We report a case of recurrent massive hemoptysis in a 27-year-old man with Proteus syndrome. Proteus Syndrome is a rare, sporadic, congenital disorder characterized by overgrowth of multiple tissues . It is caused by the sporadic genetic mutation of a somatic gene, which distributes in a mosaic pattern. This mutation results in sporadic growth of varying body tissues occurring primarily in the postnatal period . The phenotypic presentation is varied, depending on the mosaic distribution of the genetic mutation. Typically overgrowth of the skin, vasculature, skeleton, as well as other soft tissues, results in asymmetric deformities of the extremities. Only several hundred patients in the United States and Western Europe are affected with this disease, with less than 150 total reported cases in the world’s literature . Previous reports of pulmonary involvement in Proteus syndrome are limited to PE resulting from DVT in Proteus patients with vascular malformations. Hemoptysis has not previously been reported in Proteus syndrome.
A 27-year-old man with Proteus syndrome presented for evaluation of massive hemoptysis. He was previously diagnosed with Proteus syndrome characterized by asymmetric growth of his lower extremities, venous ectasia of the lower extremities, lipomas, and epidermal nevi (Figure 1). Within one year prior to presentation, he had two episodes of massive hemoptysis requiring hospitalization and transfusion. These episodes occurred during periods of anticoagulation for suspected, but undocumented, PE. Prior work-up included CT scan of the chest, V/Q scan, pulmonary angiogram, and thoracic and bronchial arteriography. The diagnosis at referral was massive hemoptysis secondary to PE. On arrival, he was in his usual state of health without hemoptysis, cough, or shortness of breath. Physical exam was remarkable for phenotypic abnormalities consistent with Proteus syndrome (Figure 1). Echocardiography showed left ventricular ejection of 65%. CT of the chest with contrast (pulmonary angiogram protocol) showed asymmetric adipose growths in the chest wall, no evidence for PE, and no infiltrate or mass. Abdominal and lower extremity ultrasound was negative for acute or chronic thrombosis. Flexible fiberoptic bronchoscopy was performed (Figure 2). Bronchoscopy showed prominent submucosal vessels at RC1 with hypervascularity of the submucosa visible from RC1 through the length of bronchus intermedius. Left sided hypervascular lesions with prominent vessels were also apparent, but limited to the left upper lobe. Based on the bronchoscopic finding of neovascularization of the bronchial submucosa, it was felt this patient’s hemoptysis was secondary to bronchitis in combination with anticoagulation. With no evidence for PE and no current evidence for venous thrombosis, we decided to withhold anticoagulation.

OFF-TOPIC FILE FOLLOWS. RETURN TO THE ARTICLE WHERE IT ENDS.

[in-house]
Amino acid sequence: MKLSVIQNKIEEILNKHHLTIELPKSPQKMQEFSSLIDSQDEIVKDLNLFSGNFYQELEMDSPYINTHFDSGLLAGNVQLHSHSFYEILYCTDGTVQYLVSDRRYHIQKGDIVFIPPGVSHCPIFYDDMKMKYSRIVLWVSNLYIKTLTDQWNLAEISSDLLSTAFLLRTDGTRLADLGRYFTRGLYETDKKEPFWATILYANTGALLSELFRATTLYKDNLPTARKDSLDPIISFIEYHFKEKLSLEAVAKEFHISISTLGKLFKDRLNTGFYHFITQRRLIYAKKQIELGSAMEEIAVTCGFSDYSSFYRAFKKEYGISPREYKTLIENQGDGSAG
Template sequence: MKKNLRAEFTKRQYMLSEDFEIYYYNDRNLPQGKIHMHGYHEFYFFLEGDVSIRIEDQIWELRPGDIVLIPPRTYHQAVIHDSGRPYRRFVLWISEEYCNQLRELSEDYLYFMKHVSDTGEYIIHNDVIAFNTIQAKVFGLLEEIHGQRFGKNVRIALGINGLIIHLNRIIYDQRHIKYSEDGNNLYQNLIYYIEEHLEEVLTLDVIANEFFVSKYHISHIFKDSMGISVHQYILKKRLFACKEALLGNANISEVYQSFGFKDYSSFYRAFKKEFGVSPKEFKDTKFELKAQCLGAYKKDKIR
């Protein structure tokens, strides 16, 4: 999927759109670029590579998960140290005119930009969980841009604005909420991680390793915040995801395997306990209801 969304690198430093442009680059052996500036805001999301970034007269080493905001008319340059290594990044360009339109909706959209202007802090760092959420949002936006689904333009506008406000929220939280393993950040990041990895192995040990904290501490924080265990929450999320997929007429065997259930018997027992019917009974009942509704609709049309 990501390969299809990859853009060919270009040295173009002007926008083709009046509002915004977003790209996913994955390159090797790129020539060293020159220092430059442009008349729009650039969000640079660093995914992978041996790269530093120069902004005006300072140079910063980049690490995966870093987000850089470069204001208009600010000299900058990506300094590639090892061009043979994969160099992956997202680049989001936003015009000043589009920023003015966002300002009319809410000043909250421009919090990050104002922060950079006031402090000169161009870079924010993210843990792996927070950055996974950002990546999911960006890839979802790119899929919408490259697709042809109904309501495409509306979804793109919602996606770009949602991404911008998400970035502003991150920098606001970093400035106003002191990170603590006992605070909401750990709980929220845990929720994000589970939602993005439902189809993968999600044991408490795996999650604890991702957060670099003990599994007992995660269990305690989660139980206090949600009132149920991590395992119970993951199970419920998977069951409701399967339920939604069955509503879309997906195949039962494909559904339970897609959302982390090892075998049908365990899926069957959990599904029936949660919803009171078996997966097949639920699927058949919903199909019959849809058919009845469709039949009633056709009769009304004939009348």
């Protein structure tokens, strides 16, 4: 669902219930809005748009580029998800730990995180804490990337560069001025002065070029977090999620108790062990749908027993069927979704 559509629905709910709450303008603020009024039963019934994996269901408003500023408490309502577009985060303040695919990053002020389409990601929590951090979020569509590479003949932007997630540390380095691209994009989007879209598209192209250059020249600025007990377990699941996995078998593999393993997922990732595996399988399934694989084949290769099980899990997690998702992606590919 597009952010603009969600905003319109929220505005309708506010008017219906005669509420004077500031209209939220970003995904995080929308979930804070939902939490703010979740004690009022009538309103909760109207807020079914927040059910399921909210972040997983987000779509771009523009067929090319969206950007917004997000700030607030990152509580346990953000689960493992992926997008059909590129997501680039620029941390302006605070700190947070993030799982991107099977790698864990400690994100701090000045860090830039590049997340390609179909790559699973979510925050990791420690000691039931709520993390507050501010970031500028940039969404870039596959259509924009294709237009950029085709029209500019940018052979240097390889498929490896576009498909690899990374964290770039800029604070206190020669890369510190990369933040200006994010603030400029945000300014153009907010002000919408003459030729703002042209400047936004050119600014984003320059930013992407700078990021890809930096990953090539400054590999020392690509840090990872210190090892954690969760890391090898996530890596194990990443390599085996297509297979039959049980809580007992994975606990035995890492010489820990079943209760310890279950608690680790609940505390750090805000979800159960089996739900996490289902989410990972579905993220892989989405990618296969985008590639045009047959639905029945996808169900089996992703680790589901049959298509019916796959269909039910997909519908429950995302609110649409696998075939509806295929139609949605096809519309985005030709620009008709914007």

Our patient had massive hemoptysis while on anticoagulation for suspected PE. PE was suspected because of dyspnea in combination with his lower extremity venous ectasias, and previous reports of DVT/PE in Proteus syndrome. Eventually, bronchoscopic examination demonstrated neovascularization of the tracheobronchial tree with prominent submucosal vessels as the likely source for hemoptysis. Neovascularization of the bladder and life threatening hematuria has been reported with Proteus syndrome . However, this is the first case report of massive hemoptysis, and the first time vascular abnormalities of the tracheobronchial tree have ever been described in Proteus syndrome.
This case underscores the important role for bronchoscopy in evaluation of hemoptysis and adds neovascularization of the tracheobronchial tree as a known complication resulting from Proteus syndrome.
C.E. Daniels, None.